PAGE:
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5 Countries where you should learn some of the language before you visit

It always helps to break the ice if you can speak at least a little of the language spoken in a foreign country. People are inclined to look favourably on those who at least make an attempt to communicate in their language. China China has the largest population in the world, an estimated 1,388,232,693 as [...]

It always helps to break the ice if you can speak at least a little of the language spoken in a foreign country. People are inclined to look favourably on those who at least make an attempt to communicate in their language.

China

China has the largest population in the world, an estimated 1,388,232,693 as of June 2017. Mandarin is the official language, but 400 million people can’t use the language to communicate. Imagine the difficulties a monolingual English speaker would face there. Sign language, body language and facial expressions might ease the communication problems to a certain extent, of course.

If you venture into the countryside, away from major cities, you would be unlikely to find someone with whom you could communicate in English. Given it size, it is not surprising that many languages and dialects are spoken there. So which one would be most useful for a visitor to learn? Luckily, there are several apps that can facilitate the learning of Mandarin, you have to choose the one that most helps you with the language. Things are changing slowly, however, as in the last few years more and more young Chinese are learning English, either in schools or online.

Of course, you can find professional translators and interpreters to help smooth your way, if you are in a city such as the capital, Beijing.

Gambia

In 2014 the Gambia decided that English should be dropped as an official language mainly because President Yahya Jammeh, believed that it was a relic of his country’s colonial past. A traveller would do well to learn Mandingo, Fula or Wolof, also spoken widely in neighbouring Senegal.
Countries that were part of the British colonies are, to some extent rebelling against their colonial past. Of course, not all feel the same way about the use of English, so if you travel to Gambia, you should be able to find some people who speak English. Whether they will, of course, for political reasons, is a different matter.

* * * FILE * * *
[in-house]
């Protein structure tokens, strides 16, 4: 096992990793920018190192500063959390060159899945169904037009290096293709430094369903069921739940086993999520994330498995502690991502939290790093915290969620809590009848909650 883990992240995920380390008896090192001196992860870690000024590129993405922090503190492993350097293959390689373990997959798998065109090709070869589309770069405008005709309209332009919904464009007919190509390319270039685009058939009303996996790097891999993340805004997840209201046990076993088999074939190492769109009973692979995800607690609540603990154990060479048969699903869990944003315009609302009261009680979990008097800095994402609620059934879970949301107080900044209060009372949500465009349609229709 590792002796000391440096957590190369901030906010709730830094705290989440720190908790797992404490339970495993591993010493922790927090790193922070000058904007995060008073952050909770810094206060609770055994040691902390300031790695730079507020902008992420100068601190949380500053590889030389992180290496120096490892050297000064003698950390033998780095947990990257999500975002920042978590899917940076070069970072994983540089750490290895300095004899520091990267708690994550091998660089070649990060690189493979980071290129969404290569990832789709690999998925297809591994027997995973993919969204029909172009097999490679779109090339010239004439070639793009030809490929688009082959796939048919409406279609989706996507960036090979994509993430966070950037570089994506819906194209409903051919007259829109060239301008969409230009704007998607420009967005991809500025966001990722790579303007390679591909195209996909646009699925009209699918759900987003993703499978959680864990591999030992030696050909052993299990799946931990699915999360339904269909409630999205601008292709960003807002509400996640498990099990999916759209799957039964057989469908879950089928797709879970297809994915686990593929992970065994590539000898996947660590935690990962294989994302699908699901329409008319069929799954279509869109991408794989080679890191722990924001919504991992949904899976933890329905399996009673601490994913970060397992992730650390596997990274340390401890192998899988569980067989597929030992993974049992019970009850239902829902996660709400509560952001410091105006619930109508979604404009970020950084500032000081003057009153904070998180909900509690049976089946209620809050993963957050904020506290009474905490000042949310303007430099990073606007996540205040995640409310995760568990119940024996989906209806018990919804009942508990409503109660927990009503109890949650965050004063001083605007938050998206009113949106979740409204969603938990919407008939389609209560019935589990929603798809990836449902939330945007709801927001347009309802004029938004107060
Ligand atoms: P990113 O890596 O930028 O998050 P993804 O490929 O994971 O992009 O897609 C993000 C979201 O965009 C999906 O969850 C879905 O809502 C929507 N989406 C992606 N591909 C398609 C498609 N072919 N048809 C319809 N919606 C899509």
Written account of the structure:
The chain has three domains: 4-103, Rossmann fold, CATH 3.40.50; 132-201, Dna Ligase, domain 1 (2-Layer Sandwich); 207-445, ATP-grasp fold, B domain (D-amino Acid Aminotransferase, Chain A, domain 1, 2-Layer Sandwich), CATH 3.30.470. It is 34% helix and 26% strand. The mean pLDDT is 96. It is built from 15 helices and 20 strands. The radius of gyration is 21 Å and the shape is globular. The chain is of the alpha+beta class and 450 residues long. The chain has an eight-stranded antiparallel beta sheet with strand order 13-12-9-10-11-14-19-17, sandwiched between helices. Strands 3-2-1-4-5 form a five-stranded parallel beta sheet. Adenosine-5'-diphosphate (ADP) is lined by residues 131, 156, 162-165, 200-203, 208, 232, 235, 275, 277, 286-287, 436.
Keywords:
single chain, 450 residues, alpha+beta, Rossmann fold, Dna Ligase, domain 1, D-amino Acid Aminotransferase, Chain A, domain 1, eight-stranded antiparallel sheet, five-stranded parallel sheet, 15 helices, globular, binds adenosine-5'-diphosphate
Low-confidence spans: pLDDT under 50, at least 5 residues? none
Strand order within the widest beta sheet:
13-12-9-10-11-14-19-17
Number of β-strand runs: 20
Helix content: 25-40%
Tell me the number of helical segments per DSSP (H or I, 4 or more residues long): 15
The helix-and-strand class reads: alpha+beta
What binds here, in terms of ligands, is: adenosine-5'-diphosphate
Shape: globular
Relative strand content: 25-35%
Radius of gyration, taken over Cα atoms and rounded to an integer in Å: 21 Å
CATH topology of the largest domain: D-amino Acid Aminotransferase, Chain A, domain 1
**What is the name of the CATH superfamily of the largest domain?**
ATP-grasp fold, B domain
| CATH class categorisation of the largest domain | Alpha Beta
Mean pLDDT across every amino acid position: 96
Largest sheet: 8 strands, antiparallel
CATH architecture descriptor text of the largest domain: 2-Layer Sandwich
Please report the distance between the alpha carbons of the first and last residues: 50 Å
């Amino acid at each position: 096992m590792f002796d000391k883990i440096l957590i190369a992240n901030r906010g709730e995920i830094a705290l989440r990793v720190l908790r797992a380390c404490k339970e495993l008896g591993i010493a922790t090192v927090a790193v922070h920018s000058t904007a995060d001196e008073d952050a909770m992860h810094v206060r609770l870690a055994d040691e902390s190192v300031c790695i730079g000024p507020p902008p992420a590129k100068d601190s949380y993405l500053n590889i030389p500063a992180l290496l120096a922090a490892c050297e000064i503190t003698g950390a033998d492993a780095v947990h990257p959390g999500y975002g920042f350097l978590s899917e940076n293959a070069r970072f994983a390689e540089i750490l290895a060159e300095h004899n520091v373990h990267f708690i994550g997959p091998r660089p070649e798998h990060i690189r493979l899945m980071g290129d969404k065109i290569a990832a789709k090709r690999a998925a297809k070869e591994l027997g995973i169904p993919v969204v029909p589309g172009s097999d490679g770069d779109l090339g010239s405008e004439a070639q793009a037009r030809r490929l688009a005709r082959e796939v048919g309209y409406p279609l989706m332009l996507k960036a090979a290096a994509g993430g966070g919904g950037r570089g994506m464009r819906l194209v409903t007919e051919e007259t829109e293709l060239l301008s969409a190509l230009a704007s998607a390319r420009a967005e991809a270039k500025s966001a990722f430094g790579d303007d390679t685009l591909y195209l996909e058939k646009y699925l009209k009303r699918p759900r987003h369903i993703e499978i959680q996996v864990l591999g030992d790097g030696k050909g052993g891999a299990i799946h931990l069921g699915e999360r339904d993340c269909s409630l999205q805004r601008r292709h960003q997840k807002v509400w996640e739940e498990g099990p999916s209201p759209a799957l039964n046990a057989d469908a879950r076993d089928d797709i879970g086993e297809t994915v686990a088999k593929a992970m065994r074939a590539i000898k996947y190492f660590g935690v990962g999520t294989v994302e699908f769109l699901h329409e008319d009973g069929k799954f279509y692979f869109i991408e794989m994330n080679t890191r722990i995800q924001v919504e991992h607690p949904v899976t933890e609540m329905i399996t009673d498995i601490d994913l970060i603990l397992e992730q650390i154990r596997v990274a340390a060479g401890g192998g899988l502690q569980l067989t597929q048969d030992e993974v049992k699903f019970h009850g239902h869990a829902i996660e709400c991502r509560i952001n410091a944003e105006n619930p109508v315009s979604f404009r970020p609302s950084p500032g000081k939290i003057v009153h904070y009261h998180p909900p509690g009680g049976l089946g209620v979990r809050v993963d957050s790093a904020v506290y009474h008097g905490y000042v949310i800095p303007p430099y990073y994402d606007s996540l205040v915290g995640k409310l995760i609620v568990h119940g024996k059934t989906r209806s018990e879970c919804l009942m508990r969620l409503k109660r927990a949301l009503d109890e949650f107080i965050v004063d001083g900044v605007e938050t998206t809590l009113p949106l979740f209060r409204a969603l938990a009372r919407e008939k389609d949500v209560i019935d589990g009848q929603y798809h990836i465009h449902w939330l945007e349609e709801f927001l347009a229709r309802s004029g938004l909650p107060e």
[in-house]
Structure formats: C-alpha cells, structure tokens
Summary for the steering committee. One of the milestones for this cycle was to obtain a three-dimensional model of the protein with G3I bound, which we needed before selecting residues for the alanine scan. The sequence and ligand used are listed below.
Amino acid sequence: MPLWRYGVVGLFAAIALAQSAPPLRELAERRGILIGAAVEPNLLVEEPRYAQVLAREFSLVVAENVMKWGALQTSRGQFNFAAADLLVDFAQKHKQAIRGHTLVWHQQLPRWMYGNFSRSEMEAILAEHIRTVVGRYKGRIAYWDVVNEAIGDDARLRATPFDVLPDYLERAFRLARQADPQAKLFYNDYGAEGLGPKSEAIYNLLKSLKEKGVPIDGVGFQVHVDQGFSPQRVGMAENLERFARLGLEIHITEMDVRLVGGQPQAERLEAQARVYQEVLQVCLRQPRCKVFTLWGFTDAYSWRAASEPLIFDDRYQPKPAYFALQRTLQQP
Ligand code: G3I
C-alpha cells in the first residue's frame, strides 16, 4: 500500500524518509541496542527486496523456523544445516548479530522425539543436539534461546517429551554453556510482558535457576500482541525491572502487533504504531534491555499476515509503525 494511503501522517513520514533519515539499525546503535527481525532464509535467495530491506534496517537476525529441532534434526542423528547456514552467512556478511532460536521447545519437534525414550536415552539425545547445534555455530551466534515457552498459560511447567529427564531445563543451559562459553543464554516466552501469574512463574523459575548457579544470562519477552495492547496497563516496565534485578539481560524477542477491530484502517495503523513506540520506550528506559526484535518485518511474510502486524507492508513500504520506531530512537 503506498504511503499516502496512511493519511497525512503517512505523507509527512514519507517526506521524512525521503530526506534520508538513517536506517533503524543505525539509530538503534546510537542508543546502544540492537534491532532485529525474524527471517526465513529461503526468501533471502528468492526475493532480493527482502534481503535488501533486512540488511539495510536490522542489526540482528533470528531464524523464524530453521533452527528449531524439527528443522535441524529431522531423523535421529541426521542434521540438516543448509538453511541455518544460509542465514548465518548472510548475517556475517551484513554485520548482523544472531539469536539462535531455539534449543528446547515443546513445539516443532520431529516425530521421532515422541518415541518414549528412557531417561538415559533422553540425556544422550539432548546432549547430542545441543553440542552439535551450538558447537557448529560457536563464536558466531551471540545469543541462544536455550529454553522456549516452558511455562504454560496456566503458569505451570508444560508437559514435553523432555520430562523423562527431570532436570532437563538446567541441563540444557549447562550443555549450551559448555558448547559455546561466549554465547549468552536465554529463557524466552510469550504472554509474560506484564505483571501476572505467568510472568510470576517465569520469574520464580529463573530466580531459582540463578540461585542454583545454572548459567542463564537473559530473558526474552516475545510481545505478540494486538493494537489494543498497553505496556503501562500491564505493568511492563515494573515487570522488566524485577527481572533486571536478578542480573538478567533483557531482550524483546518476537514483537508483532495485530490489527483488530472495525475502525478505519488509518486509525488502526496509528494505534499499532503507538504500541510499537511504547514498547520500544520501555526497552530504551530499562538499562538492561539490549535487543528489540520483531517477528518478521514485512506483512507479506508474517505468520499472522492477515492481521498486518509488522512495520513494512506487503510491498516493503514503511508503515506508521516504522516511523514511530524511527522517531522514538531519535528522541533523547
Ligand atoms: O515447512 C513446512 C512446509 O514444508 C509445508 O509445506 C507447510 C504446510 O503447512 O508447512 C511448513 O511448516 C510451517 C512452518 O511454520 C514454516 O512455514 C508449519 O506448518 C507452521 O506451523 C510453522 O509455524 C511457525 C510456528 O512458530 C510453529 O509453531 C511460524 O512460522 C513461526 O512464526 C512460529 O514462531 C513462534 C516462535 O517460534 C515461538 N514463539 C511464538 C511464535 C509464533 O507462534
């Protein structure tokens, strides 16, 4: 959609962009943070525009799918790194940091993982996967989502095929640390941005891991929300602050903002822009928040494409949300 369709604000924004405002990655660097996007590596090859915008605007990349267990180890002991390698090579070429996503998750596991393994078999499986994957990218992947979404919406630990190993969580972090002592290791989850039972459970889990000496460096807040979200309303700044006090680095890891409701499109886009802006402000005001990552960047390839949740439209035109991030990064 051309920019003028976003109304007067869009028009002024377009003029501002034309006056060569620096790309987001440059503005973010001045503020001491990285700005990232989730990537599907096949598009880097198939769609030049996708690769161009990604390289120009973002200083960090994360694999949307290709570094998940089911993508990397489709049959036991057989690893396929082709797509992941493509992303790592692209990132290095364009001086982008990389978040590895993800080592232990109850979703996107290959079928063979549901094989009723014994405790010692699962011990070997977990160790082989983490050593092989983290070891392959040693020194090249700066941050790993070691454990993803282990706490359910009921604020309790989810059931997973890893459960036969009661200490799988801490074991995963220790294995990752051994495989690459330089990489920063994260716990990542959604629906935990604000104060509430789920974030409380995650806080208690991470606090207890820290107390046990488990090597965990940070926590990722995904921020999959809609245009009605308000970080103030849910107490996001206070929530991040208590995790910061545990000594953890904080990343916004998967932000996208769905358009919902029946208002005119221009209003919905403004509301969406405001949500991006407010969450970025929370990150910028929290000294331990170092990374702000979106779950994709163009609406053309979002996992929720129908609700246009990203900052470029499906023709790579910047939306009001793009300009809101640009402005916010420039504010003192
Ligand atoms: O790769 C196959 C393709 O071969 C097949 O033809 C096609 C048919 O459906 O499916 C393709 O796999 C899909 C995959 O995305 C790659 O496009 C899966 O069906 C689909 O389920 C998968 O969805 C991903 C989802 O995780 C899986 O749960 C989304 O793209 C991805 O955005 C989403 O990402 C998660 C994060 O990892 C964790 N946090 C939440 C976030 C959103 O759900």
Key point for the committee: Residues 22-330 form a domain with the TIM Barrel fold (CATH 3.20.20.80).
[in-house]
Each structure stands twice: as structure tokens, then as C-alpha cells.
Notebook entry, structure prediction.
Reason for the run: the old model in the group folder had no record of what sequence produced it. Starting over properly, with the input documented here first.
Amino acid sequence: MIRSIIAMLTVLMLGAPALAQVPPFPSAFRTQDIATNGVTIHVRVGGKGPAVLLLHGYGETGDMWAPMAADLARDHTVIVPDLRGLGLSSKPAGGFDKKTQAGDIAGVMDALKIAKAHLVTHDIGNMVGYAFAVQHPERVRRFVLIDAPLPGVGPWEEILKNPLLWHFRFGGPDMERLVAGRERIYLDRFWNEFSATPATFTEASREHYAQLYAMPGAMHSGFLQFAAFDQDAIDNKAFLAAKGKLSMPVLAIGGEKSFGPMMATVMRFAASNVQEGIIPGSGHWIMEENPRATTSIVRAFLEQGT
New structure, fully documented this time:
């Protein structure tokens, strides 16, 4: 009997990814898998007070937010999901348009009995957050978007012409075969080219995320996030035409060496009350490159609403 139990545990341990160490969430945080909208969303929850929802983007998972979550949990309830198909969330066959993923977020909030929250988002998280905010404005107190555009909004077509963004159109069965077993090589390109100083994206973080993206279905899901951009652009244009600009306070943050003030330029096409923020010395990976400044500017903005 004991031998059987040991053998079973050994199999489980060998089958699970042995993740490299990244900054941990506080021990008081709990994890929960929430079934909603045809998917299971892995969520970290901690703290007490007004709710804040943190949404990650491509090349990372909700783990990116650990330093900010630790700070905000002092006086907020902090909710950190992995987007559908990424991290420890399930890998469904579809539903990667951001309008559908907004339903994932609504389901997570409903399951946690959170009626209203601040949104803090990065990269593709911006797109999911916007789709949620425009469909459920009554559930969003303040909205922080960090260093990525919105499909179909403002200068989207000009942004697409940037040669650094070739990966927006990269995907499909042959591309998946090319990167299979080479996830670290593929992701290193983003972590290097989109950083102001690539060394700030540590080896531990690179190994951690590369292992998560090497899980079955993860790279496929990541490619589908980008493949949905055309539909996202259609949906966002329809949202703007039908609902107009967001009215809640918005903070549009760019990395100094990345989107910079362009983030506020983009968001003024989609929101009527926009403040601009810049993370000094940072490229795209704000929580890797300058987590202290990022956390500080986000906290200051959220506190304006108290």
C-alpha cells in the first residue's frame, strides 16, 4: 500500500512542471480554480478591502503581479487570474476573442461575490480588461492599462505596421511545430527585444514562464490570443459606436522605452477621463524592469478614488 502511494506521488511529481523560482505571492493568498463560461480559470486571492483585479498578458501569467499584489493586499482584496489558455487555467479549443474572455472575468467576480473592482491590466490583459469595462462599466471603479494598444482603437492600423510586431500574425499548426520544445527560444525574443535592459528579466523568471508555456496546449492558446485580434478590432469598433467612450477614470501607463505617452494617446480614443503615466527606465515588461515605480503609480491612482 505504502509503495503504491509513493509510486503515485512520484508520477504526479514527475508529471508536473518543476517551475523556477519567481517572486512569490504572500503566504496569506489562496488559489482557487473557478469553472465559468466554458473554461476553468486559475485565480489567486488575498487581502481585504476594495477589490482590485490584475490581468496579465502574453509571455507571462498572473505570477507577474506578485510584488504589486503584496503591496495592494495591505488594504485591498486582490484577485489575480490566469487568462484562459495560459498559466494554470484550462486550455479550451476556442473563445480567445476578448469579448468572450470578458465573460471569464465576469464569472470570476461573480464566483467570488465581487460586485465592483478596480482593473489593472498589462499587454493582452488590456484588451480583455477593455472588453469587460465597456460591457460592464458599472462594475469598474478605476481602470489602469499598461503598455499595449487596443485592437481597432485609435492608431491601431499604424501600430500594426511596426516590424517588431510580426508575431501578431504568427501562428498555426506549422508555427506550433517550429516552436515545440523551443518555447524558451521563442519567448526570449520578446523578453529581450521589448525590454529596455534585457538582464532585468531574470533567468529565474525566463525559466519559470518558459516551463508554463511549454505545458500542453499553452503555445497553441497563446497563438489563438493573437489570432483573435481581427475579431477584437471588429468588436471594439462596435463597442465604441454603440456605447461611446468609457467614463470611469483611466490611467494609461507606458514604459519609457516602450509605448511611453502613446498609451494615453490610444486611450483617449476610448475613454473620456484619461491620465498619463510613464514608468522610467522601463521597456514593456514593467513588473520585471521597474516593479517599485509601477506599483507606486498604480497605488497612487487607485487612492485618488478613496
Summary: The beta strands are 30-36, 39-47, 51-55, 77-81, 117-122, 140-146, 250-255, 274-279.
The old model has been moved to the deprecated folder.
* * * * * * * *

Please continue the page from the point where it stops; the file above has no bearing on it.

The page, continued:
Yemen

Not that you should be travelling there, espectially not for a holiday, but if you did Yemen is another country where a traveller could have language difficulties and be forced to buy a professional Translator. The major language spoken there is Yemeni Arabic. However, if you know standard Arabic, or have an app to help with it, this will ease communication. The Socotri language is widely spoken on Socotra Island and the Archipelago surrounding it. Another indigenous language is Mahri which is also widely spoken in eastern Yemen.

Spain

If you are a teacher of English as a Foreign Language (TEFL) and also speak Castilian or Andalusian, then you might consider getting a teaching job in Spain. It’s been estimated that only 11.7 per cent of Spaniards speak English. You may be surprised at this if you have been on holiday to the Costas, but go further inland, and you will probably need an app or an interpreter to help. Castilian is spoken in northern and central Spain, and this is the standard language used by the media. Andalusian and Basque are also used for communication. If you learn Castilian, you can also make yourself understood by Italians.

Colombia

Doesn’t have many fluent English-speakers. Even English language teachers there can’t speak English to B2, or intermediate level. You would need to have at least some words of Spanish to get along in Colombia. If you need an app try the one from Duolingo. Of course, you can always hire an interpreter or translator, depending on your needs.

Maybe you were not good at languages at school, or perhaps you were told that you weren’t. However, everyone benefits from learning another language. Why not try and learn one and reap the many benefits it affords?

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